Welcome to Just Old Flies

Welcome to 'just old flies,' a section of methods and flies that used-to-be. These flies were tied with the only materials available. Long before the advent of 'modern' tying materials, they were created and improved upon at a far slower pace than todays modern counterparts; limited by materials available and the tiers imagination.

Once long gone, there existed a 'fraternity' of anglers who felt an obligation to use only the 'standard' patterns of the day. We hope to bring a bit of nostalgia to these pages and to you. And sometimes what you find here will not always be about fishing. Perhaps you will enjoy them. Perhaps you will fish the flies. Perhaps . .

Part Fourty-six


By Old Rupe

I have over the years listened to more fishing stories than most magazines have ever published. These tales tended to fall into three types.

One type is the beginner, obsessed with his few successes, compelled to discuss each good catch as a means of adding to his ego. Who can blame him for exaggerating his catch. That catch was probably the high point of his career. Since the event is unlikely to be repeated he is doomed forever to drag that fish past all who will listen, year after year, until all the scales are surely scraped off both sides. Boring all who listen. A terror of every gathering. We have all been there. Those that progressed on to really define the sport started there. The rest just stayed there.

The second type is the gifted amateur. He has had so many successes that all he remembers are his failures or short-comings. These are his rare events. His tales are of the stupid errors he made, his almost catches. Where the beginner dwells on his successes the proficient fisher is obsessed with failure. That is what he really remembers. The use of the leader that is too long, the fly that he fished for an hour broken off at the bend, the failure to understand that it was a masking hatch.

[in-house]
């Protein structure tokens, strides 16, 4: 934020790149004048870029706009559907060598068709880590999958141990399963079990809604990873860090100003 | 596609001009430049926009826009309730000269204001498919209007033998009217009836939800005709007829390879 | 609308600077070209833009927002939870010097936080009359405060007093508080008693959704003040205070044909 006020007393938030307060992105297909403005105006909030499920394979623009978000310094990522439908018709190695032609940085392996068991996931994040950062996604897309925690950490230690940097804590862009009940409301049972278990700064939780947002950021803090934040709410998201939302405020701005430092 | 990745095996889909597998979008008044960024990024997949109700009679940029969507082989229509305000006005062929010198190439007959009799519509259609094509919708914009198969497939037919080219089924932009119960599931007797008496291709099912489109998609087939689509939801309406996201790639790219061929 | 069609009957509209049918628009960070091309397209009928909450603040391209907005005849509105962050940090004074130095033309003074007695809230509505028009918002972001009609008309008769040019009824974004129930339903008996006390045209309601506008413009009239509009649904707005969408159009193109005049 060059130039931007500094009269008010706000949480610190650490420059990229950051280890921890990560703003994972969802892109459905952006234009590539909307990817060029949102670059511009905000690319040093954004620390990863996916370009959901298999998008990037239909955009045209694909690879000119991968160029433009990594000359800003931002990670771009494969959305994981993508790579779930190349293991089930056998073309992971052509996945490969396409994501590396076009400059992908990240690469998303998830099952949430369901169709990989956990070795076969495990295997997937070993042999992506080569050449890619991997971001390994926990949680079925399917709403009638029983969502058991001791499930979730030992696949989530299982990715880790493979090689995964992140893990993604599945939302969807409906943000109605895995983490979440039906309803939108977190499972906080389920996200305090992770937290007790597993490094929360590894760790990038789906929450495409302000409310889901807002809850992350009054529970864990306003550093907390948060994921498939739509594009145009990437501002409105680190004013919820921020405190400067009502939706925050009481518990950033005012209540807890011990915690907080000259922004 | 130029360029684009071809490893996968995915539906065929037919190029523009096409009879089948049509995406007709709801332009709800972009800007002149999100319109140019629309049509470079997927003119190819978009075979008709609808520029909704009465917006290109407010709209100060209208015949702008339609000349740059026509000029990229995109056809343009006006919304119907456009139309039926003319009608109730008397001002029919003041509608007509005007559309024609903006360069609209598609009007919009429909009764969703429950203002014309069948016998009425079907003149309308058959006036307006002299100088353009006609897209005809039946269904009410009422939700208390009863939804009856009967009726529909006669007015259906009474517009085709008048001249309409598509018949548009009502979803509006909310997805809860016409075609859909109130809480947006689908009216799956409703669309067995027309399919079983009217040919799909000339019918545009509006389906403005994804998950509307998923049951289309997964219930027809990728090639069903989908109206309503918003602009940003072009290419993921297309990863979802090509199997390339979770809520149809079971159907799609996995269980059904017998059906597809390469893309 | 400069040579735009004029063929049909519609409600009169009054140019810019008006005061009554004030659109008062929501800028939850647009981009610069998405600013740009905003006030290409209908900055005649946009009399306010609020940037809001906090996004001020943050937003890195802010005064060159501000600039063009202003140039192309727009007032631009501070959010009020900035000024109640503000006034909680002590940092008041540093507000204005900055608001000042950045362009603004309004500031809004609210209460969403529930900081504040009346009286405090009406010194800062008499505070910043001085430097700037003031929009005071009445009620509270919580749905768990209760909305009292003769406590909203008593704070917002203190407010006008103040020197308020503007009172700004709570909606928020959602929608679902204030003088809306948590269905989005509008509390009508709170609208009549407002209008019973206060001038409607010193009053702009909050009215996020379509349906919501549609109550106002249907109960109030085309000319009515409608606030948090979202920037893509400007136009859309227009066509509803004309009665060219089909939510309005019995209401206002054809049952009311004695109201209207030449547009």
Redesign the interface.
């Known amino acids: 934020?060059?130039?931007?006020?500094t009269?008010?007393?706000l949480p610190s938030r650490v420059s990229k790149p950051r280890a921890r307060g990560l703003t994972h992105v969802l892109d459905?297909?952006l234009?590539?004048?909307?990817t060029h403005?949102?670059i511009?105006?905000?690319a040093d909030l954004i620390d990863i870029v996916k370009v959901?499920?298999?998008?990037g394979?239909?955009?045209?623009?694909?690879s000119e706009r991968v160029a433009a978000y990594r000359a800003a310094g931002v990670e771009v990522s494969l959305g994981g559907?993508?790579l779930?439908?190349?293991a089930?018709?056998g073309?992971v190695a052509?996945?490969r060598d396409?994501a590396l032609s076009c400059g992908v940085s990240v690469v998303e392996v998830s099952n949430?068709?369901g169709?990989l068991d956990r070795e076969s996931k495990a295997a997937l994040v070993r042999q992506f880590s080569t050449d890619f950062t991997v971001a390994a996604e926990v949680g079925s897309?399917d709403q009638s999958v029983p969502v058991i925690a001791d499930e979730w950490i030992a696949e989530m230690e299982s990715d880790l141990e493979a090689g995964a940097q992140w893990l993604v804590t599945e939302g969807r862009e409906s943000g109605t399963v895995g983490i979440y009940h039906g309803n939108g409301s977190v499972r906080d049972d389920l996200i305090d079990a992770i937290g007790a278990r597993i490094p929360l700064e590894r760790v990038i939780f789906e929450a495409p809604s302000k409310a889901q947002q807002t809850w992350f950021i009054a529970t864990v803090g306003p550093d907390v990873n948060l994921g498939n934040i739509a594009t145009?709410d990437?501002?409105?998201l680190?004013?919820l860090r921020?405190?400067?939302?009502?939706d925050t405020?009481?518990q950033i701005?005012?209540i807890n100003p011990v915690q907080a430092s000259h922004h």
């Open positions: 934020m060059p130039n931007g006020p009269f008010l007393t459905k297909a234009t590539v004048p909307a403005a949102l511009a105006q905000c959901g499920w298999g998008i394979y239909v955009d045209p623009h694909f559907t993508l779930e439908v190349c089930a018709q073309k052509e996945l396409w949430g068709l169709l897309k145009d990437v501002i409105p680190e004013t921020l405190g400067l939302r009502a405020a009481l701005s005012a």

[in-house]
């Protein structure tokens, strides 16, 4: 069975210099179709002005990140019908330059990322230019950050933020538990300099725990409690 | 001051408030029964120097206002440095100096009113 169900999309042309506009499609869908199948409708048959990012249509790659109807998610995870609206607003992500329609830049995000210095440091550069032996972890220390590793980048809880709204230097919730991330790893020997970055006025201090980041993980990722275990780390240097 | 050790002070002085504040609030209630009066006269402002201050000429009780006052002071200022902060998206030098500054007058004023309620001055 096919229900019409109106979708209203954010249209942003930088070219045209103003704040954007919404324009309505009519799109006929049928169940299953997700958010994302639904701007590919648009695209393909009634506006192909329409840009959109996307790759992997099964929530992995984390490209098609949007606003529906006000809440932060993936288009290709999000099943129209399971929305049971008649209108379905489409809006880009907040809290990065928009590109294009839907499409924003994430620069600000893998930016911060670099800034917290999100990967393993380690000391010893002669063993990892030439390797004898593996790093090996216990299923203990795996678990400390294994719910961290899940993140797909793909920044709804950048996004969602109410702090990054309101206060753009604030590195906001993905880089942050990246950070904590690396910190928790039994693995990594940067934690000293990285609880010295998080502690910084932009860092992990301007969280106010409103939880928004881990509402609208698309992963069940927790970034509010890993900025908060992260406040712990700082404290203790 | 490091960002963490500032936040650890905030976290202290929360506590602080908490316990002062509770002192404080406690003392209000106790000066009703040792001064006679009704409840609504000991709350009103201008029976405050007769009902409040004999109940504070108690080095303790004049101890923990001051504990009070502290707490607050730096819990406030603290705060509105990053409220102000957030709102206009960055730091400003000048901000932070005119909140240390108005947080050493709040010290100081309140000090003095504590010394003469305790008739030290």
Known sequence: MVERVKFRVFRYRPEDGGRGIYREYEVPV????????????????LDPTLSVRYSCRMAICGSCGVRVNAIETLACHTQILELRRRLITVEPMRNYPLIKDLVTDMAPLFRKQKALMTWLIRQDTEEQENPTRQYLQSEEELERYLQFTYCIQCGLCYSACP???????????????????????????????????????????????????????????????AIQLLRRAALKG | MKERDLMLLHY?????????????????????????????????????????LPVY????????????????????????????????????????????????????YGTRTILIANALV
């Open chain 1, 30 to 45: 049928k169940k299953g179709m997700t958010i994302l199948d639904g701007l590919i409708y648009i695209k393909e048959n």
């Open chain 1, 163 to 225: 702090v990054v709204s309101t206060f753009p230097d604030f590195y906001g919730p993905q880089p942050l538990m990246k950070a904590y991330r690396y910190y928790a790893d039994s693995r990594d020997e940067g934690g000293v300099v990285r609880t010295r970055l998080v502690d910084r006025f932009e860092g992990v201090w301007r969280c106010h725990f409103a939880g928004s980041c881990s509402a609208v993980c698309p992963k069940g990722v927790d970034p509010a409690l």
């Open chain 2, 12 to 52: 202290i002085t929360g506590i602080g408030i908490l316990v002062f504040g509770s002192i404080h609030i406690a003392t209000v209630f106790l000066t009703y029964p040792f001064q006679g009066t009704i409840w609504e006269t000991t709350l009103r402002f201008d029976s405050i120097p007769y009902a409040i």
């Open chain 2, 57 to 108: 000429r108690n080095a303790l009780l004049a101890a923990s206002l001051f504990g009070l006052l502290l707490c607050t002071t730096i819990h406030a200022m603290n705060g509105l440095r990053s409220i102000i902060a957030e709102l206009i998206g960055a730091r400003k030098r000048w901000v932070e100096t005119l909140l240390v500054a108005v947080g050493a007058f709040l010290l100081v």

The pro's fell into a different sewer. They would espouse anything that would serve their economic interests. I tended to shut them out as politely as I could. While I realized that each of us has a living to make, I always regretted anyone prostituting my sport for a dollar or two.

I read Lyons, Gierach, Traver and I understand their special torment. That unique viewpoint that forces them to dwell on their failures. That viewpoint which forces us all to examine our sport each according to his background and skill level.

In the evenings reflecting on my life as a fly fisher I remember as I look into my drink the quotation from Bernard De Voto on the subject: "The rat stops gnawing in the wood, the dungeon walls withdraw, the weight is lifted. Your pulse steadies and the sun has found your heart. The day was not bad, the season has not been bad and there is sense and even promise in going on. Prosit." ~ Old Rupe

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